By now you’ve heard about U.S. District Judge William Young’s decision to uphold Massachusetts’ ban on the most popular rifle in America, the AR-15.
You may not know the reason why.
Judge Young stated in his decision that the “AR-15’s present day popularity is not constitutionally material” and (here’s the kicker) “Justice Scalia would be proud” of this ruling.
In D.C. v. Heller, Supreme Court Justice Antonin Scalia held that the sorts of weapons protected by the Second Amendment are those in “common use.” State militias were formed, Scalia explained, by farmers and blacksmiths and merchants who mustered with the firearms they already possessed. Here’s how he put it:
The traditional militia was formed from a pool of men bringing arms ‘in common use at the time’ for lawful purposes like self-defense. ‘In the colonial and revolutionary war era, [small-arms] weapons used by militiamen and weapons used in defense of person and home were one and the same.’ State v. Kessler, 289 Ore. 359, 368, 614 P. 2d 94, 98 (1980).
Indeed, that is precisely the way in which the Second Amendment ’s operative clause furthers the purpose announced in its preface. We therefore read Miller to say only that the Second Amendment does not protect those weapons not typically possessed by law-abiding citizens for lawful purposes, such as short-barreled shotguns. That accords with the historical understanding of the scope of the right.
As, once again, the most popular rifle in America, we can safely assume that Scalia would have grouped AR-15s in the category of weapons protected by an originalist understanding (AKA the correct understanding) of the Second Amendment.
This line of reasoning seems to have escaped Judge Young, who said, “The AR-15’s present-day popularity is not constitutionally material. This is because the words of our Constitution are not mutable. They mean the same today as they did 227 years ago when the Second Amendment was adopted.”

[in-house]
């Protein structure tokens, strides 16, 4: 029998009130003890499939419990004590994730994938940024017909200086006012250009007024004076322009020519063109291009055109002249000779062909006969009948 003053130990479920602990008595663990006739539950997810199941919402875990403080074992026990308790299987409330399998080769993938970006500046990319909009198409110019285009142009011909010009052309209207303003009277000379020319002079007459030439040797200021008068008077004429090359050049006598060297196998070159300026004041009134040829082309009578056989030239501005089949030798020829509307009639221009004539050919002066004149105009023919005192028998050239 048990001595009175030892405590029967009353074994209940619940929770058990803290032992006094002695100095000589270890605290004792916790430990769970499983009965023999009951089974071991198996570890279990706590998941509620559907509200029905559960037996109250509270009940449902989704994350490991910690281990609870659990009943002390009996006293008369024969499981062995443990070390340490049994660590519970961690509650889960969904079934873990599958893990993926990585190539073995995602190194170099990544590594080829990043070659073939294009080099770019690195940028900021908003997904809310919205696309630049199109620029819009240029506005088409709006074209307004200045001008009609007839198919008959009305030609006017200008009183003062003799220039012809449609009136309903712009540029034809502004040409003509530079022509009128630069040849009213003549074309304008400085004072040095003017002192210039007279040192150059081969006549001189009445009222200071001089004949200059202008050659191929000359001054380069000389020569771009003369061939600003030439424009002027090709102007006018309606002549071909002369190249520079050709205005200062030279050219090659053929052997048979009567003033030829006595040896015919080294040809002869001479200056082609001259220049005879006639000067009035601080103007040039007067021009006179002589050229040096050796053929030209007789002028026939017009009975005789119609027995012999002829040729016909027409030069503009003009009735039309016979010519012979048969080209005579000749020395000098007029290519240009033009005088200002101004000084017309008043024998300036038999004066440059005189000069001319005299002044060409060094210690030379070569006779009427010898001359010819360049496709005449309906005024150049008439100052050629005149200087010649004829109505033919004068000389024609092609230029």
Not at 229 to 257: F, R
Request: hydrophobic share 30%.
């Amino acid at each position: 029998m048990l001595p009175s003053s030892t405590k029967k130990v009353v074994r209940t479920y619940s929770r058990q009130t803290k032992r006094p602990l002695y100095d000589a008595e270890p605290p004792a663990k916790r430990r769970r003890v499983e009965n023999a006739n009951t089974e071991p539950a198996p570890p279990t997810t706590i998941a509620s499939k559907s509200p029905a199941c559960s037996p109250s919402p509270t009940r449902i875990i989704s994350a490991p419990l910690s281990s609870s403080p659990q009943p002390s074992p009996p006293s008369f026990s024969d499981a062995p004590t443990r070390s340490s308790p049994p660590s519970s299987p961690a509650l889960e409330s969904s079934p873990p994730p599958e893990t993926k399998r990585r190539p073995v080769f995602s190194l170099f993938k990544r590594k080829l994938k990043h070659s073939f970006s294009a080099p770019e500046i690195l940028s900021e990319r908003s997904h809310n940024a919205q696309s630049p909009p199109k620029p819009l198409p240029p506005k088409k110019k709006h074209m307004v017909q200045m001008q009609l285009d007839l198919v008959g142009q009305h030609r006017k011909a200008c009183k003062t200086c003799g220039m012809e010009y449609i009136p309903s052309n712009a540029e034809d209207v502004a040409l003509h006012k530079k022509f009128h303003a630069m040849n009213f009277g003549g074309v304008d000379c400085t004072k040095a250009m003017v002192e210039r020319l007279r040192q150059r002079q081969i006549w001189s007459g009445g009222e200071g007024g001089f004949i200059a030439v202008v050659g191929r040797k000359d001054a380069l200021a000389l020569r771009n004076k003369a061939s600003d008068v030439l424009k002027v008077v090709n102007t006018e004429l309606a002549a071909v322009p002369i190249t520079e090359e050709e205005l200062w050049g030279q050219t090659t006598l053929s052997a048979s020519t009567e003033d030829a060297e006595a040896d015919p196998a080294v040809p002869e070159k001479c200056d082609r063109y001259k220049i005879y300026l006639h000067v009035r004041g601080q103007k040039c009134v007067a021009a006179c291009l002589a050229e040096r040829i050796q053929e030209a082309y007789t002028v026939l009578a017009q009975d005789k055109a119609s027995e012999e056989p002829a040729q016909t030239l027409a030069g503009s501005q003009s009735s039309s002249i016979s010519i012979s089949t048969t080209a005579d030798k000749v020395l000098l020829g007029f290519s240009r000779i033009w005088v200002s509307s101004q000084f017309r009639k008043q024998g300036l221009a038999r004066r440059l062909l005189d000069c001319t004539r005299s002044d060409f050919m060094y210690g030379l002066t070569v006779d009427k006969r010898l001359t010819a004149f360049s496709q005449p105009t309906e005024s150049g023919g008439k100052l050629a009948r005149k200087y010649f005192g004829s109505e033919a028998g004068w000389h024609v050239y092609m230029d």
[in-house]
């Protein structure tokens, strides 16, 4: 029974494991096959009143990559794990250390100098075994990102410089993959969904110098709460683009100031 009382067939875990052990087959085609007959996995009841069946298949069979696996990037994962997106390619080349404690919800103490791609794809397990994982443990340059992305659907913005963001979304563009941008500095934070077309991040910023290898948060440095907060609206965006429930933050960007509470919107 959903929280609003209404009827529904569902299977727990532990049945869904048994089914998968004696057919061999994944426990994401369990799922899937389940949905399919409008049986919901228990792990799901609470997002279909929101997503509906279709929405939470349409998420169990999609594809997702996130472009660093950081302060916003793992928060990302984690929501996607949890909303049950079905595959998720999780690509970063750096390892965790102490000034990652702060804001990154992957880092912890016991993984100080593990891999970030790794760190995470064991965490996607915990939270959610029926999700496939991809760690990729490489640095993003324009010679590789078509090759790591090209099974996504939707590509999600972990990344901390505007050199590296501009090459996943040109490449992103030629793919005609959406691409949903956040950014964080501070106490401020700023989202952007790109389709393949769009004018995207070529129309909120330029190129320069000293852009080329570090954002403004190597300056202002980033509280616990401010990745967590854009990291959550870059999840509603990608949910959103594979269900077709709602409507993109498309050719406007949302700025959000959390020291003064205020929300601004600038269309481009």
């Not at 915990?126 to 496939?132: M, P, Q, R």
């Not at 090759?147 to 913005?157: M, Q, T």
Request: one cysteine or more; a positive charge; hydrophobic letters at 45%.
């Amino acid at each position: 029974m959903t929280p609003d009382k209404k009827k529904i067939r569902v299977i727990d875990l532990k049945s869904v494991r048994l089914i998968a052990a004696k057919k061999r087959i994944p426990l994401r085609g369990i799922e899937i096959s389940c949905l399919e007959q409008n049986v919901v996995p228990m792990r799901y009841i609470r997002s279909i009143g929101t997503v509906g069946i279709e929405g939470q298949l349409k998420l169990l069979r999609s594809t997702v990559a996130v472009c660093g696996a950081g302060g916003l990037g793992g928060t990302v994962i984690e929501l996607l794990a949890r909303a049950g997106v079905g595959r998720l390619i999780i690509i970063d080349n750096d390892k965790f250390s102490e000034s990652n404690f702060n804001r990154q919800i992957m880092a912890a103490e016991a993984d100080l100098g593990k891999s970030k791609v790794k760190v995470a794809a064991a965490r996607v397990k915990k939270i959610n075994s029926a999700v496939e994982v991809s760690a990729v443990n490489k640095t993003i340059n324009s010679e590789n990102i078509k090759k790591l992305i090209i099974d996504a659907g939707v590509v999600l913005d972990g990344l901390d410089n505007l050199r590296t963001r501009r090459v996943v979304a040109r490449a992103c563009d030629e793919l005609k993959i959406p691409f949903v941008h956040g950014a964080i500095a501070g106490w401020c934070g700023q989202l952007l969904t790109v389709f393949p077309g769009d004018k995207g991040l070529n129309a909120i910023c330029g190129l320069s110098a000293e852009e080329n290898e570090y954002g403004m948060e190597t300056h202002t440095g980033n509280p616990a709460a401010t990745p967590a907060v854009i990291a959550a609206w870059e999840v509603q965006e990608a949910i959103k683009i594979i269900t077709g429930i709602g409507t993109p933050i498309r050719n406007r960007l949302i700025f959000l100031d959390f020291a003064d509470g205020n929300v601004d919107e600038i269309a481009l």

The NRA-ILA pointed out another instance in which Scalia cited the popularity of the AR-platform rifle as evidence for its constitutional protections.
“It is outrageous that Judge Young is taking advantage of the fact that Justice Scalia is unable to refute such a claim,” they said in a statement.
“Justice Scalia’s position on the question of whether the AR-15 is protected by the Second Amendment is clear. In the 2015 Friedman v. City of Highland Park case, Justice Scalia joined a dissent which stated that the decision by millions of Americans to own AR-style rifles for lawful purposes ‘is all that is needed for citizens to have a right under the Second Amendment to keep such weapons.’”
Unfortunately, Judge Young’s decision falls in line with similar district court decisions upholding bans on… wait for it… the most popular rifle in America.
Overturning these rulings would require a decision by the Supreme Court, which has been frustratingly hesitant to tackle the issue.